This is Janelle's experience of taking Heavenly Bresser's fabulously-titled class, Blending Boards: The Good, the Bad, and the Ugly which was part of the (virtual) Maryland Sheep and Wool Festival

My New Spinning Obsession

My new spinning obsession

Kat has also written about a class at Maryland Sheep and Wool Festival, with Maggie Casey no less. This taught her to think beyond her default yarn and she shares what she learned.

The other fiber animal

The other fiber animal

Early in this issue is a story about a spinner who takes commissions to spin the fur of people's pets. In recent issues we have seen that certain dogs have been kept specifically for their fur in the past.

If this is a new idea to you and doesn't make you reel in disgust, Anne Merrow's short article will be a good introduction.

She asks the pertinent question, "wool, hair or fur?" and goes on to talk about collecting and using it.

Spin to yarn journey

Spin to yarn journey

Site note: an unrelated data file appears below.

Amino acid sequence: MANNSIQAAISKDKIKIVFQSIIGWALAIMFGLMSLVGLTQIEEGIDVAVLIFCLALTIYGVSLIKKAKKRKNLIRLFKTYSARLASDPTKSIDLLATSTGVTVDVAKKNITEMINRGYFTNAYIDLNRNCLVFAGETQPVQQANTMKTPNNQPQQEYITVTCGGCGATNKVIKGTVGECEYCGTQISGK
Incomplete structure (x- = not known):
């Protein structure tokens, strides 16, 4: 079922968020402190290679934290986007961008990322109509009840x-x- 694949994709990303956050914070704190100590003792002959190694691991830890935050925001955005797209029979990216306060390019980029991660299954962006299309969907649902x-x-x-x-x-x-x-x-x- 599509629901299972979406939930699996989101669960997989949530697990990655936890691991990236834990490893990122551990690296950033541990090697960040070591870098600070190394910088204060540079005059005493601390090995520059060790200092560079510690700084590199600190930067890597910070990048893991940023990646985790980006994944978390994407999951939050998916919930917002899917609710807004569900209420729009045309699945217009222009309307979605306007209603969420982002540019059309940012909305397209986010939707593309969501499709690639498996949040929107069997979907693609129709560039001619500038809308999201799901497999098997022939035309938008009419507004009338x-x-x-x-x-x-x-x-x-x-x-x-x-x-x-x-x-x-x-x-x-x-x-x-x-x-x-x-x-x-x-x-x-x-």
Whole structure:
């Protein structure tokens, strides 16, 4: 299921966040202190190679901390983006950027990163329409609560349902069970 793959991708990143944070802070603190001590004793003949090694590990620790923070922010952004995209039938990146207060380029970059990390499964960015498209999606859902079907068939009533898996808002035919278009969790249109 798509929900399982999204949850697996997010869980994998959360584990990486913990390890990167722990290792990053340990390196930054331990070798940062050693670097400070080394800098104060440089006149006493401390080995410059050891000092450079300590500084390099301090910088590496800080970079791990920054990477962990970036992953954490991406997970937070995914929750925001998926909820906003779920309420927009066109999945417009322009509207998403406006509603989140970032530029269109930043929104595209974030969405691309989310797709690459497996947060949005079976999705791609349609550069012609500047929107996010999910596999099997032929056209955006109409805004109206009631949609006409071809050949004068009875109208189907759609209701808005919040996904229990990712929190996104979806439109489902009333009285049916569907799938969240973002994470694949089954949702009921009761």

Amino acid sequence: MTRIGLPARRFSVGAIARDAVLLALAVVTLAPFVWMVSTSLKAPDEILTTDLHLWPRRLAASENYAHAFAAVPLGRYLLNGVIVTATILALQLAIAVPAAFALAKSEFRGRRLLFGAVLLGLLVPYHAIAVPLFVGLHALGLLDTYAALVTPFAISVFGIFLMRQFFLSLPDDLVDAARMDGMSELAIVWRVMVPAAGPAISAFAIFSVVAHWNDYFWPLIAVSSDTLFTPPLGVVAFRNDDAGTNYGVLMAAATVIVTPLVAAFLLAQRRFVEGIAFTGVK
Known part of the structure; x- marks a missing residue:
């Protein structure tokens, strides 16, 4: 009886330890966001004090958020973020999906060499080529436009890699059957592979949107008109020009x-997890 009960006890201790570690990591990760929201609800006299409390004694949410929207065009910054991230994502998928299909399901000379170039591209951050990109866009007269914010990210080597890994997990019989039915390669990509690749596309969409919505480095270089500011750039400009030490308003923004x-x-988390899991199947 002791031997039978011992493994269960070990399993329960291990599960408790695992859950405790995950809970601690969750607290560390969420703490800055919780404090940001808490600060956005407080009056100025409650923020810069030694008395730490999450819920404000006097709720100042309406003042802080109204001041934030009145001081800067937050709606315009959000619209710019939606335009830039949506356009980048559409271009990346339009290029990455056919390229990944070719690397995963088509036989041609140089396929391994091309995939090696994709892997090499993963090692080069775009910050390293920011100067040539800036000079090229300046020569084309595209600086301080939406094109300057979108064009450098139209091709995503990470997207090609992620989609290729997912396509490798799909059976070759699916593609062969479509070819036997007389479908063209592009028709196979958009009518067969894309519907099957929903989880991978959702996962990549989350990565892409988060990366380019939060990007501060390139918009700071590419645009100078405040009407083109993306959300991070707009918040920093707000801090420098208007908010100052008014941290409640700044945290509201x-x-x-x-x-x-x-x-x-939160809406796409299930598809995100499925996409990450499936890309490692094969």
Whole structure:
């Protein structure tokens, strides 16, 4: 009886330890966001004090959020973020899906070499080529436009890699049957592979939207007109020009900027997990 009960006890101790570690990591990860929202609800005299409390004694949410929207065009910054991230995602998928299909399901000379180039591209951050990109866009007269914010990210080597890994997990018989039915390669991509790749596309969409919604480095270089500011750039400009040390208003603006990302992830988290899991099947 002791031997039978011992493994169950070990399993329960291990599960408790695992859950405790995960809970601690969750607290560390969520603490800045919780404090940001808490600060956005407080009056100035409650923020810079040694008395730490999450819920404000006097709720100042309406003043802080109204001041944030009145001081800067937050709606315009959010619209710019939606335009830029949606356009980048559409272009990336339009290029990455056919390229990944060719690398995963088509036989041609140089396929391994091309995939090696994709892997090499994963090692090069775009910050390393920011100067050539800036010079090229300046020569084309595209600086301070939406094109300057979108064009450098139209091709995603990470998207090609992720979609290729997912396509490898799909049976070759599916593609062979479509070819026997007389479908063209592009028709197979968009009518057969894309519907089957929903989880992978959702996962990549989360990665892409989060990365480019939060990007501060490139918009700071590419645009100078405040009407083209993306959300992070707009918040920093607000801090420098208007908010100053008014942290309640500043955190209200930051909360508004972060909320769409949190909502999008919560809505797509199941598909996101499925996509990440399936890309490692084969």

This braid of fibre had four separate lengths, one black and three rainbow, which gives options for spinning.

hikari.handmade made two skeins using two methods and puts them side-by-side. One is traditional 3-ply and one chain ply. There are many more details in the post.


Colour inspiration

When little needs saying except 'beautiful colour'

Portable spinning

Portable spinning

These slightly salmony-reds are gorgeous. They are hand blended and being spun on the go by



Tips and tutorials

Fulling singles

Fulling singles

We all know that plying balances singles so that you can knit it without biasing.

But it is possible to knit singles if you full them a little. Josefin demonstrates and finds that the resulting single yarn "feels like it has a body - well rounded and strong. I trust that it will not break, despite its singleness. It is a pleasure to knit and doesn't split."

Her article contains some interesting microscope images of the fibres before and after fulling, and she uses a pine cone to explain what's going on with the scales of the wool fibres.


3D textiles could replace concrete and cement in construction

3D textiles could replace concrete and cement in construction